"We have not been talking about the fact that it is normalising massive data collection or even asking whether anyone wants this thing at all. No-one here has asked for a sensor-laden neighbourhood," she said.
"Our waterfront must be developed for the benefit of the citizens of Toronto, not the shareholders of a Google-affiliate."
Sidewalk Labs told the BBC that it had not yet submitted its proposals to Waterfront Toronto, and said that it looked forward to "continuing to work with Torontonians to get this right", adding that it was "strongly committed to protection and privacy" of urban data.
Smart city 'hype'
The project also faces legal opposition from the Canadian Civil Liberties Association (CCLA), which is suing three levels of government over its plans to build the smart neighbourhood.
Its director Brenda McPhail told the BBC that it was "inappropriate" for a firm like Google to design privacy policies to govern city neighbourhoods.
"Comprehensive data collection online is harming individuals and groups," she said.
"It is affecting everything from the way individuals are targeted with products to how they are targeted to influence their votes. So we question why on earth we think it is a good idea to import that big data model into our cities' streets.
"The smart city model is all about hype. They believe that if we have enough data we can solve all our problems, and we need to be sceptical about those claims."
Sidewalk Labs clearly does not agree.
"This debate must be rooted in fact, not fiction and fearmongering. It's unfortunate that once again CCLA has chosen to mischaracterise our work and our engagement with the people of Toronto," it told the BBC in a statement.
But CCLA are not lone voices.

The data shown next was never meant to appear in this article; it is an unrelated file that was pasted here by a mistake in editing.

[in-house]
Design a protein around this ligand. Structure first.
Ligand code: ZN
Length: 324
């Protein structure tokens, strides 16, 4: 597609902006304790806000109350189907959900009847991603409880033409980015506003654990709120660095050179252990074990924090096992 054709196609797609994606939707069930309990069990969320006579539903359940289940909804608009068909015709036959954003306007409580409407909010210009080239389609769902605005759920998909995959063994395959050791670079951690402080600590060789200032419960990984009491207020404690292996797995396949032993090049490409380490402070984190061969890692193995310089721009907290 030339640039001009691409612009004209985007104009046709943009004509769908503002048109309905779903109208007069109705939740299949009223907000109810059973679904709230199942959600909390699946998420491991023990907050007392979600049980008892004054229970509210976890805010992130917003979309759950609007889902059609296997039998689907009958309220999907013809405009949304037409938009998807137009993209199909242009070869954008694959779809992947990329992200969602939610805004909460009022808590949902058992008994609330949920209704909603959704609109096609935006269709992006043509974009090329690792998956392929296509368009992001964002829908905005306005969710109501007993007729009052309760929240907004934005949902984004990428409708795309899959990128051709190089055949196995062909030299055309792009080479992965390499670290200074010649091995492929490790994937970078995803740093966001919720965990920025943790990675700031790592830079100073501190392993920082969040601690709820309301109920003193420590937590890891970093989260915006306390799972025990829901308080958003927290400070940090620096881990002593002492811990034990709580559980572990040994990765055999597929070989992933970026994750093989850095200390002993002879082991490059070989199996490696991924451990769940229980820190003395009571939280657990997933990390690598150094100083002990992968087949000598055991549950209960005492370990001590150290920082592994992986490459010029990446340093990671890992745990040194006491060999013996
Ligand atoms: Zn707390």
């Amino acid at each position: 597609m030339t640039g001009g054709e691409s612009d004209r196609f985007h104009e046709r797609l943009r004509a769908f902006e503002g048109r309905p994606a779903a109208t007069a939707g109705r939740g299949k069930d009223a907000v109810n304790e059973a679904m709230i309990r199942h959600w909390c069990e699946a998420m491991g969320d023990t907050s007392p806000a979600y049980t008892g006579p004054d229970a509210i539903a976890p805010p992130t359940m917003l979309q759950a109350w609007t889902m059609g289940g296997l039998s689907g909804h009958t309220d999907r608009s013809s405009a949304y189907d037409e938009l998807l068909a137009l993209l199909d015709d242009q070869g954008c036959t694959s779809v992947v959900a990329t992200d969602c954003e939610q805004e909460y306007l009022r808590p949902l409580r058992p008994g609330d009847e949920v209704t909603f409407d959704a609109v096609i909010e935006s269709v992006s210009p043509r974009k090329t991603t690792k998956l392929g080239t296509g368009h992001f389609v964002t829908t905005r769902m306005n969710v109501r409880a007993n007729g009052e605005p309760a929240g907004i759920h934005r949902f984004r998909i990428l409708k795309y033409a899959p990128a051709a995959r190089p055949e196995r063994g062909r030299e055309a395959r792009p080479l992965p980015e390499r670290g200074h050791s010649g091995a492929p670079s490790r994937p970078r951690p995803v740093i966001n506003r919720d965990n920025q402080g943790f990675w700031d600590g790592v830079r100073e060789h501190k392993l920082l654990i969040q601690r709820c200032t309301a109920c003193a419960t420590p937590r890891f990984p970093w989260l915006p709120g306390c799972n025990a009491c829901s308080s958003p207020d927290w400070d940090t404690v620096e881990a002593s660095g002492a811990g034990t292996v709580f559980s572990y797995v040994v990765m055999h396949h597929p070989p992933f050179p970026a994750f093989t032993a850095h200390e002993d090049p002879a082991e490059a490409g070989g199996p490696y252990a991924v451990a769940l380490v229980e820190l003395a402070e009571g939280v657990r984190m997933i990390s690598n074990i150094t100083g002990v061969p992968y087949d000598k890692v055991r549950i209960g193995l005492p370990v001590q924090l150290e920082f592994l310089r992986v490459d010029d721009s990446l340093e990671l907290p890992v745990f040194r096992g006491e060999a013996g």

Last year, the firm's own privacy adviser Dr Ann Cavoukian resigned.
"I imagined us creating a smart city of privacy, as opposed to a smart city of surveillance", she said bluntly in her resignation letter.
The firm's final plans for the redevelopment are now behind schedule as it deals with the controversies. Toronto Waterfront chairman Stephen Diamond recently told Canadian publication The Logic that he expects them to be a "few months late".
A spokesman for Toronto Waterfront added: "The evaluation process will determine which parts of the proposal, if any, may be pursued further."
As cities around the world embrace technology and engage with tech firms to improve urban efficiency, will the problems Toronto has encountered give them pause for thought?
Prof Saskia Sassen, a smart cities expert who teaches sociology at Columbia University, thinks it might.
"In principle, having a private corporation doing public work is fine and a lot of the time it works out. But when you are dealing with them installing a complex system, then chances are they will also do the next steps - thereby further privatising the work," she told the BBC.
"Google is already master of the online domain, so having a company affiliated to them as masters of the offline one as well could be problematic."